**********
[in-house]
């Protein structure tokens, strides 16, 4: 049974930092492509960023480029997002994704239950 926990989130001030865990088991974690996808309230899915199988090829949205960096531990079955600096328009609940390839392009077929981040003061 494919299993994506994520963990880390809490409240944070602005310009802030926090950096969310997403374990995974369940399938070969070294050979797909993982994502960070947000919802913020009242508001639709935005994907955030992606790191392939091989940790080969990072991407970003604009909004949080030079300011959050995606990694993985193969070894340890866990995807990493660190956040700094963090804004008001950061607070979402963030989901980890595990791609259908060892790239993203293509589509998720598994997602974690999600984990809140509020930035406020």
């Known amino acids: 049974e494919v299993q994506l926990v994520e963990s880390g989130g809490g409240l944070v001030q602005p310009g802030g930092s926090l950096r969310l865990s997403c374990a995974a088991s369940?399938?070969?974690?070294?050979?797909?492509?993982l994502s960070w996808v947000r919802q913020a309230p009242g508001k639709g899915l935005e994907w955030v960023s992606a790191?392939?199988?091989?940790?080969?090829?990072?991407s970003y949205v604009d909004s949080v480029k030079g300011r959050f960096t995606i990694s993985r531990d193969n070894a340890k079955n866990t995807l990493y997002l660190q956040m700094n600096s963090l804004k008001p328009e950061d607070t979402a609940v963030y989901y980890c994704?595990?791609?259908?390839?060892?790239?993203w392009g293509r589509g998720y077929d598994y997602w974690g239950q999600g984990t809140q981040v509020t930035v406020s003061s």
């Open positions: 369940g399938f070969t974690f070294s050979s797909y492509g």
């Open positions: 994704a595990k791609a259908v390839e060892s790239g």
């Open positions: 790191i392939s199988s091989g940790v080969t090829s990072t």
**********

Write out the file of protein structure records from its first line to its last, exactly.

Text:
[in-house]
């Protein structure tokens, strides 16, 4: 049974930092492509960023480029997002994704239950 926990989130001030865990088991974690996808309230899915199988090829949205960096531990079955600096328009609940390839392009077929981040003061 494919299993994506994520963990880390809490409240944070602005310009802030926090950096969310997403374990995974369940399938070969070294050979797909993982994502960070947000919802913020009242508001639709935005994907955030992606790191392939091989940790080969990072991407970003604009909004949080030079300011959050995606990694993985193969070894340890866990995807990493660190956040700094963090804004008001950061607070979402963030989901980890595990791609259908060892790239993203293509589509998720598994997602974690999600984990809140509020930035406020």
């Known amino acids: 049974e494919v299993q994506l926990v994520e963990s880390g989130g809490g409240l944070v001030q602005p310009g802030g930092s926090l950096r969310l865990s997403c374990a995974a088991s369940?399938?070969?974690?070294?050979?797909?492509?993982l994502s960070w996808v947000r919802q913020a309230p009242g508001k639709g899915l935005e994907w955030v960023s992606a790191?392939?199988?091989?940790?080969?090829?990072?991407s970003y949205v604009d909004s949080v480029k030079g300011r959050f960096t995606i990694s993985r531990d193969n070894a340890k079955n866990t995807l990493y997002l660190q956040m700094n600096s963090l804004k008001p328009e950061d607070t979402a609940v963030y989901y980890c994704?595990?791609?259908?390839?060892?790239?993203w392009g293509r589509g998720y077929d598994y997602w974690g239950q999600g984990t809140q981040v509020t930035v406020s003061s």
């Open positions: 369940g399938f070969t974690f070294s050979s797909y492509g």
């Open positions: 994704a595990k791609a259908v390839e060892s790239g």
């Open positions: 790191i392939s199988s091989g940790v080969t090829s990072t």